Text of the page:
Date

2015

Document Type

Dissertation

Degree

Doctor of Philosophy

Department

Environmental Engineering

First Adviser

SenGupta, Arup K.

Other advisers/committee members

Brown, Derick G.; Jellison, Kristen; Roberts, James E.; Snyder, Mark A.

Abstract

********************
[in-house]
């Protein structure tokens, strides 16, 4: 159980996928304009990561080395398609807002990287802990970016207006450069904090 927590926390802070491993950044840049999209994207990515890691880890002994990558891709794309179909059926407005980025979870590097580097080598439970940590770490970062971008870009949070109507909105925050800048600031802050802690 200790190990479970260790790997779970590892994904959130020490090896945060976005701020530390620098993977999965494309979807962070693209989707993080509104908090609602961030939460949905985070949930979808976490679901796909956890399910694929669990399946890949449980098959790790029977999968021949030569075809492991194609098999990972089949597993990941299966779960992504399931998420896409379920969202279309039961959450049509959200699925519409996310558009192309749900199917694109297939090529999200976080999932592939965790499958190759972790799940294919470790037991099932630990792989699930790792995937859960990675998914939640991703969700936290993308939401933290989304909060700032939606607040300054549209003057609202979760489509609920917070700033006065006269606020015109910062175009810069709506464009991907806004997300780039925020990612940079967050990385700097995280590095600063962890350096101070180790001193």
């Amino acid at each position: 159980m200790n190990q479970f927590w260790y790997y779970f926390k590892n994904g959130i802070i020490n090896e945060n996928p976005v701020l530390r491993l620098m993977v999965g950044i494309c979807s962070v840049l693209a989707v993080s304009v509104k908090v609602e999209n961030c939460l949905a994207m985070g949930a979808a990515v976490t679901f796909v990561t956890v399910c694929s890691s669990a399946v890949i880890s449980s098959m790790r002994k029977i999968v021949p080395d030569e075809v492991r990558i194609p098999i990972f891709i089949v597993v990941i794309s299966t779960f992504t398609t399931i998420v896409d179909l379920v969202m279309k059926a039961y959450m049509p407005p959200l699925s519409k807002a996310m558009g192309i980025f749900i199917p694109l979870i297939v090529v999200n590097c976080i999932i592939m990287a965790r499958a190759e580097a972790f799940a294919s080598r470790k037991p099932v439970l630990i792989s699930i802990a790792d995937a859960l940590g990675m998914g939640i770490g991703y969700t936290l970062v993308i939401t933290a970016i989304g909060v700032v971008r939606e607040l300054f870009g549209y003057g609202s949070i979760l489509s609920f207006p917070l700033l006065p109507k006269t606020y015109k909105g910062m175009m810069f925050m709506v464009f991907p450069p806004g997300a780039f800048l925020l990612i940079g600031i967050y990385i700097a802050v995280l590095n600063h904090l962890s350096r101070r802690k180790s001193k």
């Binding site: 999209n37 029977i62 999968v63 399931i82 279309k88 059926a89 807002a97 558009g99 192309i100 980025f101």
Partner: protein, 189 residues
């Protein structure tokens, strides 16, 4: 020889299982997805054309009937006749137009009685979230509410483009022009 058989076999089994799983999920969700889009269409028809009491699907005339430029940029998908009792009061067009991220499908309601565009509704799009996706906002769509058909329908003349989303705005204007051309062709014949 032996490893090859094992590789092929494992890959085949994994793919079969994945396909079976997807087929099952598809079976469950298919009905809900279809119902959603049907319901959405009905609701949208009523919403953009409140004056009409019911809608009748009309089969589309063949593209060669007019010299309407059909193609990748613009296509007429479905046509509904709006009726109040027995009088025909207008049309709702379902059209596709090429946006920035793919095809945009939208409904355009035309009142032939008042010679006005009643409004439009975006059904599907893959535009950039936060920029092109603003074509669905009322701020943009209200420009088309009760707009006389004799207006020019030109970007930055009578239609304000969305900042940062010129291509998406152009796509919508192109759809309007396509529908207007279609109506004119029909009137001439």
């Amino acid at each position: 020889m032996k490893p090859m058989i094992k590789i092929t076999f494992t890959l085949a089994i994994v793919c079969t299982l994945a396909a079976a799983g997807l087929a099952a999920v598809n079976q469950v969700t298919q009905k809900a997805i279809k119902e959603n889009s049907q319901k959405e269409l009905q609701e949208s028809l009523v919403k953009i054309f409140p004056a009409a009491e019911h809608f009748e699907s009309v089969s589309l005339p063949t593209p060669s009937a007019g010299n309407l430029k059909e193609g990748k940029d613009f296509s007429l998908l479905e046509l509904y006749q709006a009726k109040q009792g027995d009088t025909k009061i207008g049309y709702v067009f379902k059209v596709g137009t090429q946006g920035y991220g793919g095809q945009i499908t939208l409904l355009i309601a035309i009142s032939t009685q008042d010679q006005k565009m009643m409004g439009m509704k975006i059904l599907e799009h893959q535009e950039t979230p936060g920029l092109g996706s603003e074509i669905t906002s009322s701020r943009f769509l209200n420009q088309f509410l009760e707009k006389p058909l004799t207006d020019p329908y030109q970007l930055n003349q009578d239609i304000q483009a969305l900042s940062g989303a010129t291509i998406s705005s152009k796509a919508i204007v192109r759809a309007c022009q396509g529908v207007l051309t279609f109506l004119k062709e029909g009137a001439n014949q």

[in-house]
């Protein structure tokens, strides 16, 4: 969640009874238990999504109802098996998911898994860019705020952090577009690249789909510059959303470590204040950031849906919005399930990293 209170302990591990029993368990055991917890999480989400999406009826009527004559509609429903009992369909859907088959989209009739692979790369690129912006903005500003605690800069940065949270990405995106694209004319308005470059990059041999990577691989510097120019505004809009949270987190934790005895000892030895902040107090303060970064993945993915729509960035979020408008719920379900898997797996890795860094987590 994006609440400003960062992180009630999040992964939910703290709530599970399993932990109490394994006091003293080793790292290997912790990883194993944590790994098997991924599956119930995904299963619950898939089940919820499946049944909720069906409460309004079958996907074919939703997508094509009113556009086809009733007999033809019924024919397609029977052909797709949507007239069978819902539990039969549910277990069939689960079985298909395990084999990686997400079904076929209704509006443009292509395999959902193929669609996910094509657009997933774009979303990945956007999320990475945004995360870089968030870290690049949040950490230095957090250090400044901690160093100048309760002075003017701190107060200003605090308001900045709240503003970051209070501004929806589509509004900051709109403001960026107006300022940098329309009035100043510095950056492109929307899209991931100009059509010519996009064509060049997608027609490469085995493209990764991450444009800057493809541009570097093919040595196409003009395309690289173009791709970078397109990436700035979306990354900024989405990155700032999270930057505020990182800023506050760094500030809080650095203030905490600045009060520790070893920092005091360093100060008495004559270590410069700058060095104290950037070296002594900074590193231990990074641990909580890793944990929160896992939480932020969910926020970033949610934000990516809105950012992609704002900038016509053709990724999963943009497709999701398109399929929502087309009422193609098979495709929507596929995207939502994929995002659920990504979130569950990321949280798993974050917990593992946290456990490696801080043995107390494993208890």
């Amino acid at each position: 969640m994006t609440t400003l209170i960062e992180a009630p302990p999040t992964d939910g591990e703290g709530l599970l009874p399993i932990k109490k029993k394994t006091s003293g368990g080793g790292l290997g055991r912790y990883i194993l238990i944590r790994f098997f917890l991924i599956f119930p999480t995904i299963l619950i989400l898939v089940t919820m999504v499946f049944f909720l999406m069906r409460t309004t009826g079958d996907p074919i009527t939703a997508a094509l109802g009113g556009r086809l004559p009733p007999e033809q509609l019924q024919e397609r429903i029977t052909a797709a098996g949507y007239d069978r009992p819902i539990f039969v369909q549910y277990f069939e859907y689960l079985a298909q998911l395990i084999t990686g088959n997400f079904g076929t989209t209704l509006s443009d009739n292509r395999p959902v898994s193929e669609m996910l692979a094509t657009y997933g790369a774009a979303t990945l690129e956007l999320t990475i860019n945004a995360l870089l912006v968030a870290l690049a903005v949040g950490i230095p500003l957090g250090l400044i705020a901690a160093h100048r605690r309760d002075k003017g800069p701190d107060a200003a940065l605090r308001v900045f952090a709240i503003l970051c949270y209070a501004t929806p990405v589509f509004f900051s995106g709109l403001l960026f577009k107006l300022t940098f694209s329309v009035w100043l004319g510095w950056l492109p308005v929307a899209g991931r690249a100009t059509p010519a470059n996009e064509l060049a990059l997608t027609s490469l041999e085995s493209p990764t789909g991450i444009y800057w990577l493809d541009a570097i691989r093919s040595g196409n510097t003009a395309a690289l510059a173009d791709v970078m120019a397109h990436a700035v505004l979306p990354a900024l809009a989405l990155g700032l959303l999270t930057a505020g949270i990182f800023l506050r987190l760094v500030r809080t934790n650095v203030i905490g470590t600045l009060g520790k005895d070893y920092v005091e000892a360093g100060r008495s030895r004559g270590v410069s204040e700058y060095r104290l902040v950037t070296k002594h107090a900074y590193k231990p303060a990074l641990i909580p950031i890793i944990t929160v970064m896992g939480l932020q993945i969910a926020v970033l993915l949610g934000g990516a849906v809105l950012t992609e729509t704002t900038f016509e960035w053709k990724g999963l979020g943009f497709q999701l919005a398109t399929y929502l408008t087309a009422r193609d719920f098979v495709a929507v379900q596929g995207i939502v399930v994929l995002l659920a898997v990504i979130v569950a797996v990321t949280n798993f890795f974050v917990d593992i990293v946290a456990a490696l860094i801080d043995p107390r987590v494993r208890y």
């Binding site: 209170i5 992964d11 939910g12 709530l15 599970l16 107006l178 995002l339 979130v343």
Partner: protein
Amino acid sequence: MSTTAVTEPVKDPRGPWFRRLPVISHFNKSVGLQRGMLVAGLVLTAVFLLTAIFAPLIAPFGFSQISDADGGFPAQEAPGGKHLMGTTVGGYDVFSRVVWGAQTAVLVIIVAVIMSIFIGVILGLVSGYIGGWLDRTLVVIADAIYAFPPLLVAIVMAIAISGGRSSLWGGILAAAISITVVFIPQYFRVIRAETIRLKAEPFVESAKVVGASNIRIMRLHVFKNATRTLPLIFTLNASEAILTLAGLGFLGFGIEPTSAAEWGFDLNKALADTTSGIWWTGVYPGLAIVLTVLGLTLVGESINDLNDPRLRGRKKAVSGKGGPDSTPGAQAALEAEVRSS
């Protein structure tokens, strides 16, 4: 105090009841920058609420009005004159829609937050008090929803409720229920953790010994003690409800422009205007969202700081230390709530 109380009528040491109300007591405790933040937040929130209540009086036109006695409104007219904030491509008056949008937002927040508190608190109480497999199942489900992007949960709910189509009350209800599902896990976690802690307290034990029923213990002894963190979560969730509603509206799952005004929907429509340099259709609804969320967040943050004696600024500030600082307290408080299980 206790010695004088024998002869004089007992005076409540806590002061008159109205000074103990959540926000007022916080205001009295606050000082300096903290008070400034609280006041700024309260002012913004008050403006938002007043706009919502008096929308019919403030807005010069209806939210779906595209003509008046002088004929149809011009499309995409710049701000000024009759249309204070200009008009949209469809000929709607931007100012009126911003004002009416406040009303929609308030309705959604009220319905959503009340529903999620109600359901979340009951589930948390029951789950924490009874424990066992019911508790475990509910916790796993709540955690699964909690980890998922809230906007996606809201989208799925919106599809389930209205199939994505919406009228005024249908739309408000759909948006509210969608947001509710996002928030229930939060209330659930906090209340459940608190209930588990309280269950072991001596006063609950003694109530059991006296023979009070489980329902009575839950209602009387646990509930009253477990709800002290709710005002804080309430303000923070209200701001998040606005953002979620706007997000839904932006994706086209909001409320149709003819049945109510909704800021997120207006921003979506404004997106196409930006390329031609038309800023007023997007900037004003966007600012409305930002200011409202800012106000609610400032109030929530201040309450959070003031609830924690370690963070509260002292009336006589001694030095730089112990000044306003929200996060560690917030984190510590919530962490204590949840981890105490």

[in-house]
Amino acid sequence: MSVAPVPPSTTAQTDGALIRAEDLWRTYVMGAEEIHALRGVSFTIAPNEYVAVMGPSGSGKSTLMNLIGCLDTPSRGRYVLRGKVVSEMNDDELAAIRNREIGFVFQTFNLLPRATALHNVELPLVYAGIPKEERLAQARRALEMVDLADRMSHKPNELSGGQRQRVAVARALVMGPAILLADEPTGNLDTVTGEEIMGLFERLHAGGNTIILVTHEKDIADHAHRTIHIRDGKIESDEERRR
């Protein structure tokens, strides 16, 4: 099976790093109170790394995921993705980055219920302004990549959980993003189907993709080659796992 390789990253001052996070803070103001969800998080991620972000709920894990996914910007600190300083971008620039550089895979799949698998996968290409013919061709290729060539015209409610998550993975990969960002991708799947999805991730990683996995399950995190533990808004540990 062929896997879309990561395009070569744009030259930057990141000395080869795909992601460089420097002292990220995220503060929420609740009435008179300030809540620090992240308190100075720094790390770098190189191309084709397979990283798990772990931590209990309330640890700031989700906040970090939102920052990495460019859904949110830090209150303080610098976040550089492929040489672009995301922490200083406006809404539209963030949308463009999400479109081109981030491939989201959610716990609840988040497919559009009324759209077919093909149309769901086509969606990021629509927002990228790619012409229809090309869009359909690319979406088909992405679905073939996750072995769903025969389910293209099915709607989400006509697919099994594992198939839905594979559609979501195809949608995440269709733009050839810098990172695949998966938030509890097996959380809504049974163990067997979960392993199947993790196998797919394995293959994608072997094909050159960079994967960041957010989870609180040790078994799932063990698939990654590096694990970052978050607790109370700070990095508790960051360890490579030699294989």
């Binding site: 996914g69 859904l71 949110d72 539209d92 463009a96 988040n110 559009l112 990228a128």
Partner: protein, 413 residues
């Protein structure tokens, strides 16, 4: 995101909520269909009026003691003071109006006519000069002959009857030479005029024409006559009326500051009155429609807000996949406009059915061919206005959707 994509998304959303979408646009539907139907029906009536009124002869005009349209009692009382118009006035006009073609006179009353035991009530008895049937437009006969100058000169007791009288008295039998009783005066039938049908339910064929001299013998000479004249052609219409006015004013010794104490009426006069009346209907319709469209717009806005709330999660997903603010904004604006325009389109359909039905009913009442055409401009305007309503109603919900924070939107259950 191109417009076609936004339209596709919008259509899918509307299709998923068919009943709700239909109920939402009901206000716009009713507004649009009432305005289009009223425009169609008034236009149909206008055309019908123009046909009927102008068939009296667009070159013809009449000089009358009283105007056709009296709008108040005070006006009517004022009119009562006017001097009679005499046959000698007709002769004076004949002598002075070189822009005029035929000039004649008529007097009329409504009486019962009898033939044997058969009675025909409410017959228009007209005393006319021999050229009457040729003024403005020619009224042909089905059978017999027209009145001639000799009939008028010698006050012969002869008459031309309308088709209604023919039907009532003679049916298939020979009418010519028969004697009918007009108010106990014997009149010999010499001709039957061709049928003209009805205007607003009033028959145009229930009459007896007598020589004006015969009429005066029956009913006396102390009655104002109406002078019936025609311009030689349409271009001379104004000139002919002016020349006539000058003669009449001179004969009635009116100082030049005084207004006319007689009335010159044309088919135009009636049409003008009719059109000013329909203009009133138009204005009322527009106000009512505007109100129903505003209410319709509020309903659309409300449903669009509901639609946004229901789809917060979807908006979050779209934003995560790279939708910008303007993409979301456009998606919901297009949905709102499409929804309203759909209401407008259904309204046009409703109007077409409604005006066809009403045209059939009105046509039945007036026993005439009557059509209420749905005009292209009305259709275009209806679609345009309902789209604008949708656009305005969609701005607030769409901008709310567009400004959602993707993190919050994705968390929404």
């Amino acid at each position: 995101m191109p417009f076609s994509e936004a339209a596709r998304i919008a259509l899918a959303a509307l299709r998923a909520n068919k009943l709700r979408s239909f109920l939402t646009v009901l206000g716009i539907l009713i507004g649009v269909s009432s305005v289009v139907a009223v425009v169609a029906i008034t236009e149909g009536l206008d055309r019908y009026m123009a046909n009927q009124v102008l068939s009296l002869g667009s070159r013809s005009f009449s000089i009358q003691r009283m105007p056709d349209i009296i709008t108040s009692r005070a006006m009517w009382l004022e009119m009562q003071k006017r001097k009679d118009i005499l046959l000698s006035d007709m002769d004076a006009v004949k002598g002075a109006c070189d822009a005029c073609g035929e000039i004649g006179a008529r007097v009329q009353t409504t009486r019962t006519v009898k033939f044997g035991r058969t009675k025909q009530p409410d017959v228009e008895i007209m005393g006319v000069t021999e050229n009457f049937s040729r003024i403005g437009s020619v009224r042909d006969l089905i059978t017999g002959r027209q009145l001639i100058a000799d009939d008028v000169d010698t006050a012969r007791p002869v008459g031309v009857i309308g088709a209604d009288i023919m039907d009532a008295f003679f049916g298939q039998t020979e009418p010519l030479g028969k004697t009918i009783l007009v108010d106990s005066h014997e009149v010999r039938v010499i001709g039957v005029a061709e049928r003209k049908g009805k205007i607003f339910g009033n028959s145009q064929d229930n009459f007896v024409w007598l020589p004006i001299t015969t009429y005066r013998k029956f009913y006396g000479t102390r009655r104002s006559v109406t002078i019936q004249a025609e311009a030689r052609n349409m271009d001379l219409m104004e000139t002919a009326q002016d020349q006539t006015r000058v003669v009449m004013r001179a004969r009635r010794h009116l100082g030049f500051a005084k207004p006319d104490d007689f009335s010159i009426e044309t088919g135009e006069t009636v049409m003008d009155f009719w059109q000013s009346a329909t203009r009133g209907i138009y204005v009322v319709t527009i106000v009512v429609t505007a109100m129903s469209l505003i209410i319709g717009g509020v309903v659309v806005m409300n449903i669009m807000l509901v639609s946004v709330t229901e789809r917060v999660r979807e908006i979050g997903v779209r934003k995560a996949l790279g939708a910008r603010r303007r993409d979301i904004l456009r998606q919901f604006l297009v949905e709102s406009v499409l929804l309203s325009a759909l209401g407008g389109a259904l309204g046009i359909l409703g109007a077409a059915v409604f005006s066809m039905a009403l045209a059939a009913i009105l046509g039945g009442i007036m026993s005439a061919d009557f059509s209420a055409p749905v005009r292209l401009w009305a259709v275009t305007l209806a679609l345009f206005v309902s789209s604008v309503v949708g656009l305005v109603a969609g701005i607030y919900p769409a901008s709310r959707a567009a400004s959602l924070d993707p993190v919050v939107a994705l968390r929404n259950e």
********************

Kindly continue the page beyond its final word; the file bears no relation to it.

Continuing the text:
For inland desalination plants, managing and discarding produced brine leftover from the production of pure drinking water can be a significant operating cost. By increasing the recovery of the desalination process, brine volume and disposal costs will be reduced. Achieving high recovery is not immediately possible as when the recovery is increased, there is a higher potential for the precipitation of calcium sulfate which, for reverse osmosis (RO) processes, can foul and damage the RO membrane. Ion exchange may be used as a pretreatment method to selectively remove and replace sulfate by chloride which does not pose any threat to fouling. The RO process can then be operated at higher recoveries without any threat of sulfate scaling due to its removal by the ion exchange column. After RO the leftover concentrate, highly concentrated chloride brine, can be used as a regenerant for the ion exchange column without requiring the purchase of additional chemical regenerant. By changing the type and/or mixing together characteristically different ion exchange resins, the selectivity of the ion exchange column can be precisely tuned to remove sulfate regardless of feedwater composition. Results demonstrate that a properly designed Hybrid Ion Exchange-Reverse Osmosis (HIX-RO) system can effectively eliminate the potential for CaSO4 scaling sustainably without requiring external regenerant. The selectivity of the ion exchange resin has a significant role in controlling sulfate removal, and it is possible to precisely predict how resin selectivity changes depending on solution composition or mixing ratio with another resin.

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